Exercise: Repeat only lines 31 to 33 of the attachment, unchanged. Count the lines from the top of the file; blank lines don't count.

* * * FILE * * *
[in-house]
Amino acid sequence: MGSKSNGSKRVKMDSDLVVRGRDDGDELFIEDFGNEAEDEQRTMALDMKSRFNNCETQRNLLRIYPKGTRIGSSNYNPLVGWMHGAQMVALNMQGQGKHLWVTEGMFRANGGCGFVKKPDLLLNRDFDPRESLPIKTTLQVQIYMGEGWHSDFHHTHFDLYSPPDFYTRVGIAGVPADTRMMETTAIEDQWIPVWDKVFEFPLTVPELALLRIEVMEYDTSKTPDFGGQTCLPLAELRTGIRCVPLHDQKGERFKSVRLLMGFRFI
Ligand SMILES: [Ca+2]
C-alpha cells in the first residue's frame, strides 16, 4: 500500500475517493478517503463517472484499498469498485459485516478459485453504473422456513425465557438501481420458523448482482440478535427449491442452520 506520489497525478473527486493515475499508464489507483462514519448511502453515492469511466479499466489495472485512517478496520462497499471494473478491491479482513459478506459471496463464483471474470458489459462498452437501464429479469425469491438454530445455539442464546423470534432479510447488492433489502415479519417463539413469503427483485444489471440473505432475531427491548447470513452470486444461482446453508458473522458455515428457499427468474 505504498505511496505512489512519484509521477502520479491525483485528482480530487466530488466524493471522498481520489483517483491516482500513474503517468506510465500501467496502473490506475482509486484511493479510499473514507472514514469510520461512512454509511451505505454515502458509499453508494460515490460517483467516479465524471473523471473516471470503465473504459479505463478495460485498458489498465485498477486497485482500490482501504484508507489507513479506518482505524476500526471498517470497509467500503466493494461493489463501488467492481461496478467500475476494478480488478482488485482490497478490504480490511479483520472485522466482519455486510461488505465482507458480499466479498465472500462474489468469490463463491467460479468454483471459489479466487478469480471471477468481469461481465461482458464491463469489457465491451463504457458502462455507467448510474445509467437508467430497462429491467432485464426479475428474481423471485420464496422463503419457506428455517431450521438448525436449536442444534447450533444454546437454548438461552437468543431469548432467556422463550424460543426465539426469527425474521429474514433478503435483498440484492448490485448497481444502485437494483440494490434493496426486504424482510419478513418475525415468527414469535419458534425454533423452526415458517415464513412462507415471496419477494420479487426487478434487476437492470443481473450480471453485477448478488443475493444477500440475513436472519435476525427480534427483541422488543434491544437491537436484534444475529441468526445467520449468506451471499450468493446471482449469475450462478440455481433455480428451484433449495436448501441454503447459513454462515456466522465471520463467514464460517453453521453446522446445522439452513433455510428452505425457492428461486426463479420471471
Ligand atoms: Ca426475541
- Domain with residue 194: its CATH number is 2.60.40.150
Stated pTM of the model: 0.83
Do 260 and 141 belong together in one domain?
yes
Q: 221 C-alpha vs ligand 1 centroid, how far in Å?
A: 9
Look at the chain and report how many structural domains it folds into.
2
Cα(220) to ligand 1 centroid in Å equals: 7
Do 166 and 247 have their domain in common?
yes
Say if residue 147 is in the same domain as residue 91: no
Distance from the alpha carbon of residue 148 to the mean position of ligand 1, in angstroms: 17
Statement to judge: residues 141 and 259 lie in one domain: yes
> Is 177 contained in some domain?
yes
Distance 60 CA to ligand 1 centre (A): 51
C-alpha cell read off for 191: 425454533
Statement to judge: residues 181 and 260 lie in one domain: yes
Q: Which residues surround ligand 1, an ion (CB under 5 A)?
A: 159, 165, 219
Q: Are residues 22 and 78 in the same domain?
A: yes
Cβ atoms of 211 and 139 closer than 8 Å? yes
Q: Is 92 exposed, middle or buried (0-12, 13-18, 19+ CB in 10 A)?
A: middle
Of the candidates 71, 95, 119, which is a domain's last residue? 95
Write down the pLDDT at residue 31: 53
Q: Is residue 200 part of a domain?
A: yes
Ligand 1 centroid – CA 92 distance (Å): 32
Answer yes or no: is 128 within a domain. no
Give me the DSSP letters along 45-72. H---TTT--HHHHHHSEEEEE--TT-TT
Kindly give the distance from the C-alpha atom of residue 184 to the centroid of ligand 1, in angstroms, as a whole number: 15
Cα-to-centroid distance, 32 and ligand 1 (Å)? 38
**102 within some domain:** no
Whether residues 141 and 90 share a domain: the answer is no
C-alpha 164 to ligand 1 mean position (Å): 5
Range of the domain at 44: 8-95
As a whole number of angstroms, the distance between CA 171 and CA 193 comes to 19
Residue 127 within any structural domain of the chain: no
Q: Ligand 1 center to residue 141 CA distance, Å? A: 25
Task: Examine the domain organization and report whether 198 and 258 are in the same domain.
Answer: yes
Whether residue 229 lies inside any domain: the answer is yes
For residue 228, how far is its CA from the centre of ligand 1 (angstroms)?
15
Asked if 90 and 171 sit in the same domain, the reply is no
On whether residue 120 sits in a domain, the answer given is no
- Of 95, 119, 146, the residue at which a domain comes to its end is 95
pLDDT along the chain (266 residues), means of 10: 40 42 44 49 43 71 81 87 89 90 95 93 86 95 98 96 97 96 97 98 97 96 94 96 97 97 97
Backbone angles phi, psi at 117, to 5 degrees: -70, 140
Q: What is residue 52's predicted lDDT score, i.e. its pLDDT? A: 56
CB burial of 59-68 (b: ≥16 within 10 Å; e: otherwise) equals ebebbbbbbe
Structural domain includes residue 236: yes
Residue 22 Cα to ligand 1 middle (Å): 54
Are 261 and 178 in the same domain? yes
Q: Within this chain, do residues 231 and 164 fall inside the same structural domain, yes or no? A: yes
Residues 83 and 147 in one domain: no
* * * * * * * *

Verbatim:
A: middle
Of the candidates 71, 95, 119, which is a domain's last residue? 95
Write down the pLDDT at residue 31: 53